5, 1853, on the sailing ship Jersey, commanded
by Captain Day. Elder George Holliday being in charge of the
were just six weeks to the day coming from Liverpool to New Orleans. We took a steamboat from New Orleans to Keokuk
where we arrived April 1, 1853. We remained there eight weeks.
obtained work across the river from Keokuk, going and coming across on a little
steamer every day. I gave such satisfaction to the man I was working for (a Mr.
Brown), that he begged me to stay, offering me a city lot and to build me a
house and give my own time to pay for it. I thanked him for this offer and told
him that I had made up my mind to go to Utah
and to Utah I
this time we had procured the necessary ox-teams and wagons to commence our
journey across the plains. Brother Joseph W. Young was our captain. I was put
in Captain of the guard. I therefore had to go ahead to find the most suitable
place to camp and to find a place to turn the cattle out to feed. I had also in
most cases to go with the guard to show them where the feed was, and then go
with the relieved guard again. I also dealt out the rations of flour once a
week to the company.
arrived in Salt Lake City
October 10, 1853, and settled in the Sixteenth Ward. I moved into the Fifteenth
Ward in 1854, and I paid my debt to the Perpetual Emigration Fund in less than
one year after arriving in Utah.
was ordained a Seventy in the Thirthy-Seventh Quorum of Seventies at the time
of the organization of that Quorum on January 12, 1854. My wife and I received
our endowments in the Endowment House by invitation of Brother Heber C. Kimball
April 1, 1854. We moved to Ogden in the Fall of 1855 as it was said that times
would be hard and I had an opportunity to do some labor there and obtain wheat
and other things for pay, which I did and therefore we did not suffer as some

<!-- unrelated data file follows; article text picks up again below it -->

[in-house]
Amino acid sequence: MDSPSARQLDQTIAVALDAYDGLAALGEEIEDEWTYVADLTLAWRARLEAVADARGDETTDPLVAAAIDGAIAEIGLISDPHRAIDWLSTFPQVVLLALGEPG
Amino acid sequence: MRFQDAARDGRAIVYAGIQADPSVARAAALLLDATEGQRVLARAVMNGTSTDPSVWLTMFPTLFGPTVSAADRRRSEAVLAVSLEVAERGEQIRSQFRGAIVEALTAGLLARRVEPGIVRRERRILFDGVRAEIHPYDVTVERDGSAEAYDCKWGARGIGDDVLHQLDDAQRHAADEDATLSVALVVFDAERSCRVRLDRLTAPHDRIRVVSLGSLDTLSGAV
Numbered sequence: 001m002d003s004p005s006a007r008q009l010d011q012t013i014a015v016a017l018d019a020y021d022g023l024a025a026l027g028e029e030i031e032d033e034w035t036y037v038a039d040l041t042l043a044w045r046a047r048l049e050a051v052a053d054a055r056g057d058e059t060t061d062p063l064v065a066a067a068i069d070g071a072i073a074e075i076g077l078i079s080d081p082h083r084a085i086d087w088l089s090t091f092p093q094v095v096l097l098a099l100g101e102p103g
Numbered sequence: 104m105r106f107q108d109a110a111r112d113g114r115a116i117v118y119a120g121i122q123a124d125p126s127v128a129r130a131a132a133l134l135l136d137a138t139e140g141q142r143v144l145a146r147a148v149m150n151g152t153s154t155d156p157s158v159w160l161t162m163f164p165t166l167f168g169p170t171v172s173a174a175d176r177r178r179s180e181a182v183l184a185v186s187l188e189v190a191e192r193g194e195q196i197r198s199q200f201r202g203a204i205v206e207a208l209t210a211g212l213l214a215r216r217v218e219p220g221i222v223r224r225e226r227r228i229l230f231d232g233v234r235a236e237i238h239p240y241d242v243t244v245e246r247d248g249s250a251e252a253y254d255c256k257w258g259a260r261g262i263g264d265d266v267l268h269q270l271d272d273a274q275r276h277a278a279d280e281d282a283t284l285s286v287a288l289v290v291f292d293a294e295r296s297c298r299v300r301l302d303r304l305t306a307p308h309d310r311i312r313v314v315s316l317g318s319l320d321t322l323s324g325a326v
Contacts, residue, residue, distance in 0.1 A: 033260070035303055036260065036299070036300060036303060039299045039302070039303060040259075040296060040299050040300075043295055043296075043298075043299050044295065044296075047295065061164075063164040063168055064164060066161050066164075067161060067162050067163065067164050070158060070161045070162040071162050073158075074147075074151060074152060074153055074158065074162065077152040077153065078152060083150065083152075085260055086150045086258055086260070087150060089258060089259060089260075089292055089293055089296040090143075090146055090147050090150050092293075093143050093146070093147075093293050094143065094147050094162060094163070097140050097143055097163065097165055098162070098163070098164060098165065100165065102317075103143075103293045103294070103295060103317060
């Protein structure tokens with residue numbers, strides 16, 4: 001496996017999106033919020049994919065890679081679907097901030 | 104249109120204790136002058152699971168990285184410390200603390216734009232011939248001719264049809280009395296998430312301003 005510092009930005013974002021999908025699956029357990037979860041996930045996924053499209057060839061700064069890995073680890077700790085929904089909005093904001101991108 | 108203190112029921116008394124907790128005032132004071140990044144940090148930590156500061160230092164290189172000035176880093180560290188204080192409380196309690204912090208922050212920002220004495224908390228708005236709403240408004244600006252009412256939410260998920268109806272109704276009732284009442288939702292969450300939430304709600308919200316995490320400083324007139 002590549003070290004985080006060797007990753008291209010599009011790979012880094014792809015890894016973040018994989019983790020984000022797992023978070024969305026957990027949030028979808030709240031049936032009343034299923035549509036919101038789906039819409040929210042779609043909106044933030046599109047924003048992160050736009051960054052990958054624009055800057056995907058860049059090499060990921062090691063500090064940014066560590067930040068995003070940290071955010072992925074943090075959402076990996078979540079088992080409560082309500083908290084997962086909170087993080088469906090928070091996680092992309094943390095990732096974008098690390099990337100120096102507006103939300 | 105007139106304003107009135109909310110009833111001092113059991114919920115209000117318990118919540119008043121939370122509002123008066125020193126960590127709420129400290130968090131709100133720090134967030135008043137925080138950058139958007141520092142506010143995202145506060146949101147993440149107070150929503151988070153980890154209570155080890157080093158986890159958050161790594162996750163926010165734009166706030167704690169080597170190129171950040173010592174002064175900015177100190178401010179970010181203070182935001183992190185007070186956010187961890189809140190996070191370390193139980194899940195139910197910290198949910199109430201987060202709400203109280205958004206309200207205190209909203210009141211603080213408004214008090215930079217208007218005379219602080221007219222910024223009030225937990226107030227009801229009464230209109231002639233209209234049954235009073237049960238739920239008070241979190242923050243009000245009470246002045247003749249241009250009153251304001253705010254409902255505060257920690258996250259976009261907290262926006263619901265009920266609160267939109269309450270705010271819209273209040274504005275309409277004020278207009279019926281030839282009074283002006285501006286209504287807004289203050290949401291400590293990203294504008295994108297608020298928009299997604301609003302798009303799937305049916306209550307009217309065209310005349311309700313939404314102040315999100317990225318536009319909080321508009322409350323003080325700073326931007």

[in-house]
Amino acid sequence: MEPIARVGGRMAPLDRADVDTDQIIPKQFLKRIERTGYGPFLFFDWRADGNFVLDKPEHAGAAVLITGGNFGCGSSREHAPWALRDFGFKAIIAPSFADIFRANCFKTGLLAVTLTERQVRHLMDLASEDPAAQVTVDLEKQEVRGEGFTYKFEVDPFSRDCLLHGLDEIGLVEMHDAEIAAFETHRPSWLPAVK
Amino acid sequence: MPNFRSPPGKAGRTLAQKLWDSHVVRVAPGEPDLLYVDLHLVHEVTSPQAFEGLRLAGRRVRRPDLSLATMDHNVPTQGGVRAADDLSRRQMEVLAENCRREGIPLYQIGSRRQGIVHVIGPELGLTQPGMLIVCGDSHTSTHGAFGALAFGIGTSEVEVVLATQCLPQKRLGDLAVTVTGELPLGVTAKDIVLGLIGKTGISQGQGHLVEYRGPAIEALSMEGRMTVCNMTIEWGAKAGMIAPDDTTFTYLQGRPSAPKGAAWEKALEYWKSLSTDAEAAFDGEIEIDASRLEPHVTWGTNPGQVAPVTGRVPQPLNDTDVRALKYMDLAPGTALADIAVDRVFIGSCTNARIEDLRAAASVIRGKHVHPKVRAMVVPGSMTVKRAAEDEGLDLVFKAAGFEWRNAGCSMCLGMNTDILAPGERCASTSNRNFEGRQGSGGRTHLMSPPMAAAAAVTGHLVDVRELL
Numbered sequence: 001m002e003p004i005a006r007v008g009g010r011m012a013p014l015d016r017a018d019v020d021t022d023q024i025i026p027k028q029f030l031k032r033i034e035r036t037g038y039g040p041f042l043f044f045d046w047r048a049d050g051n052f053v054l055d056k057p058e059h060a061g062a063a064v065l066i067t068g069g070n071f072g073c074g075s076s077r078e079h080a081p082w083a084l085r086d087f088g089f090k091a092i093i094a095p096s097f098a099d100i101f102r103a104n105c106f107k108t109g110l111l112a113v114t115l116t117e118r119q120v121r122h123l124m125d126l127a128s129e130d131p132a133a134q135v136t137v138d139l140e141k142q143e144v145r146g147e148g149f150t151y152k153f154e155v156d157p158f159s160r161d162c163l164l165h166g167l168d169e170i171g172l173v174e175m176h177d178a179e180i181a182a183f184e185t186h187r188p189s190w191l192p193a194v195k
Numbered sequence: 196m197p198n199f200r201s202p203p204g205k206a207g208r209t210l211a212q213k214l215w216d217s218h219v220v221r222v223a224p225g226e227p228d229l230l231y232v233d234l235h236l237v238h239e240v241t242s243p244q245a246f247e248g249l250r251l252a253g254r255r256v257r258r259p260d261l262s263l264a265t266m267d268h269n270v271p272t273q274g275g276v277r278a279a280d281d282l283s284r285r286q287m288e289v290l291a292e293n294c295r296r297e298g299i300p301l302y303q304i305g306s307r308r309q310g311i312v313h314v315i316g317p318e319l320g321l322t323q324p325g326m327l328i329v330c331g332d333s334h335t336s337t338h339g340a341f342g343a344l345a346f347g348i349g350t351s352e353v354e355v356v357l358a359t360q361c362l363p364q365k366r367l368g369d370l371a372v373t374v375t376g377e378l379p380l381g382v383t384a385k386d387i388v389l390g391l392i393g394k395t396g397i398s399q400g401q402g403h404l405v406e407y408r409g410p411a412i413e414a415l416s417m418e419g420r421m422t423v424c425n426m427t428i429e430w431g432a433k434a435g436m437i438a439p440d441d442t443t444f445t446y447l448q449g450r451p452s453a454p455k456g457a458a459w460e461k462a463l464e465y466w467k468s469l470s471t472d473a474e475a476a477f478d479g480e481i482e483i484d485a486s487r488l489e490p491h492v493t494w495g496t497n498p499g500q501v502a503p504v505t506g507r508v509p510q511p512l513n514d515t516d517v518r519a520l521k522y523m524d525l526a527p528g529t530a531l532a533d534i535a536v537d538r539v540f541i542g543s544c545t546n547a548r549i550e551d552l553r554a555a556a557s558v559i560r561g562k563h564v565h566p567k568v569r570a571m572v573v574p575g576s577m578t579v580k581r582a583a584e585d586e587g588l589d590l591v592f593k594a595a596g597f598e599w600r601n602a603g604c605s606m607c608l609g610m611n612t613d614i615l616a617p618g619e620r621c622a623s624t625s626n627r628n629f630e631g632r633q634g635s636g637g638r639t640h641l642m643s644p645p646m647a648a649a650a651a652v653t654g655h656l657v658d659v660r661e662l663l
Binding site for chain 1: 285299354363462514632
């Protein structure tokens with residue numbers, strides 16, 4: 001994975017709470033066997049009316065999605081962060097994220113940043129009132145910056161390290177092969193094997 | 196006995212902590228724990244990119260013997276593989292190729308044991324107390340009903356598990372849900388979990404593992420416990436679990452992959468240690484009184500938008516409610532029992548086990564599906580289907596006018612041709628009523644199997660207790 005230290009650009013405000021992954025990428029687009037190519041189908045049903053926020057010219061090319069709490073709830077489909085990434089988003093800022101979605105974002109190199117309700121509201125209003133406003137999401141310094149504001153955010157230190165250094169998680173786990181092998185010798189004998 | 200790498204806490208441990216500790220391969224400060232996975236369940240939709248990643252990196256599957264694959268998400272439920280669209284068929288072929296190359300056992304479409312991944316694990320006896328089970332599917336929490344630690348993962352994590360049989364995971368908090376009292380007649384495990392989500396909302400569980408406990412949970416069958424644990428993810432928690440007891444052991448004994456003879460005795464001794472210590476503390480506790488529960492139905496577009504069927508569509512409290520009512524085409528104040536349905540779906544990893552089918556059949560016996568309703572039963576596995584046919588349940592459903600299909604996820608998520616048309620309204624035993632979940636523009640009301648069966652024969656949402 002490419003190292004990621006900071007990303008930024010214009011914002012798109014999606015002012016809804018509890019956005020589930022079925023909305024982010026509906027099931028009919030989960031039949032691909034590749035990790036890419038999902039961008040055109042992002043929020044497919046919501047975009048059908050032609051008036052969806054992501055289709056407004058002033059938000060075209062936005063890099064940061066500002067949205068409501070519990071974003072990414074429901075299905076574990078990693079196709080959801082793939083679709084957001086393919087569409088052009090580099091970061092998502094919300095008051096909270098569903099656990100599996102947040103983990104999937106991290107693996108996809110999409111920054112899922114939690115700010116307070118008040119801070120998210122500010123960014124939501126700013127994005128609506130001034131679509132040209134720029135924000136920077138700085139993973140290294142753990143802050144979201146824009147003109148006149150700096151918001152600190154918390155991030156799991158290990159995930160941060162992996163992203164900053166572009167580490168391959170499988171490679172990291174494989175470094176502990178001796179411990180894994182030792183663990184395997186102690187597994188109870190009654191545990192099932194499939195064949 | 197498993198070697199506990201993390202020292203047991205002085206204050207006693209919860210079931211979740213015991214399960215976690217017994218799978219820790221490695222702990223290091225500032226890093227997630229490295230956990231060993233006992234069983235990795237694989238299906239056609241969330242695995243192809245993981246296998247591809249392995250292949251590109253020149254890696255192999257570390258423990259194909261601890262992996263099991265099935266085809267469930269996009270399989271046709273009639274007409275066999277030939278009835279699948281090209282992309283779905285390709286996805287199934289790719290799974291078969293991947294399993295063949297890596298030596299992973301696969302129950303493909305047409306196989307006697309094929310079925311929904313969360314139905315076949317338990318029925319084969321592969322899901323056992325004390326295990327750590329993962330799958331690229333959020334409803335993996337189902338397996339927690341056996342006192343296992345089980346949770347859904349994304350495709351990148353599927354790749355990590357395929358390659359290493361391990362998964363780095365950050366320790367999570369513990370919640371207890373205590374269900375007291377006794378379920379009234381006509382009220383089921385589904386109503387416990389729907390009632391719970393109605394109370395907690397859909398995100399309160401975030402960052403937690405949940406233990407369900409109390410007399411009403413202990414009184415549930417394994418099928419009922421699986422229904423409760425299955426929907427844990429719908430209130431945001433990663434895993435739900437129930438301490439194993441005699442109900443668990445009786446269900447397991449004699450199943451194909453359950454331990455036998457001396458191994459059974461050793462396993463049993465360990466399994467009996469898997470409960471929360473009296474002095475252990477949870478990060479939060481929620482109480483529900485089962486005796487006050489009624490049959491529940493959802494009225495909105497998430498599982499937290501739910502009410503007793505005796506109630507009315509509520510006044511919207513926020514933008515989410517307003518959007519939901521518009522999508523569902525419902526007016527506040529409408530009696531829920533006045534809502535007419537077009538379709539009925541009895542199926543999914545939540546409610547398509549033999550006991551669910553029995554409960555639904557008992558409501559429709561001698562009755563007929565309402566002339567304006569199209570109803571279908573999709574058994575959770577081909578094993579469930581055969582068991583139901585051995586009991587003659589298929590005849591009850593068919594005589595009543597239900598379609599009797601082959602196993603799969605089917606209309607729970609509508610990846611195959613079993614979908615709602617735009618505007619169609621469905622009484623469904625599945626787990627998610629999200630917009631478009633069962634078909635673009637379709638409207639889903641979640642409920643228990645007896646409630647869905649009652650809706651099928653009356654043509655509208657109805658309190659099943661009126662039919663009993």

did during the scarcity of food, and we were able to help many that were poor and
19th February 1857 I married Ann Parry (my cousin) who had come from Wales
the 2nd of October 1856 with the Handcart Company. The same month I was called
by Brother Heber C. Kimball to remove to Salt Lake City
to work on the Temple.
He placed his hand on my shoulder in his good old familiar way and said
"Brother Edward, I want you to pull up your stakes and come to the city to
live and go to work on the Temple.
Will you do it?"
I said, "I will if you say so."
"Well," said he, "didn't I say so?"
In three weeks after I had moved down, I reported myself for work.
went to work on the Temple next day and
continued to work there and on the public works while in Salt Lake City. I was present when the
treasure box was laid in the foundation of the Temple and spread the mortar for it.
10, 1857, I was called to go to Echo Canyon to prepare to meet Johnston's Army and was placed as captain of
ten. I remained there three weeks working on the breast-works and wigwams. When
I returned home [I remained] until the spring of 1858. Then I went out again
for three or four weeks. Then we were counseled to move South,
that the troops were coming in, and we got ready to burn our property if the
word was given.
family and I went as far as Springville in the beginning of May 1858. We lived
in our wagon and a little willow shed by the side of my sister Mary and her
husband Job Rowland. We went back home to Salt Lake City about the 4th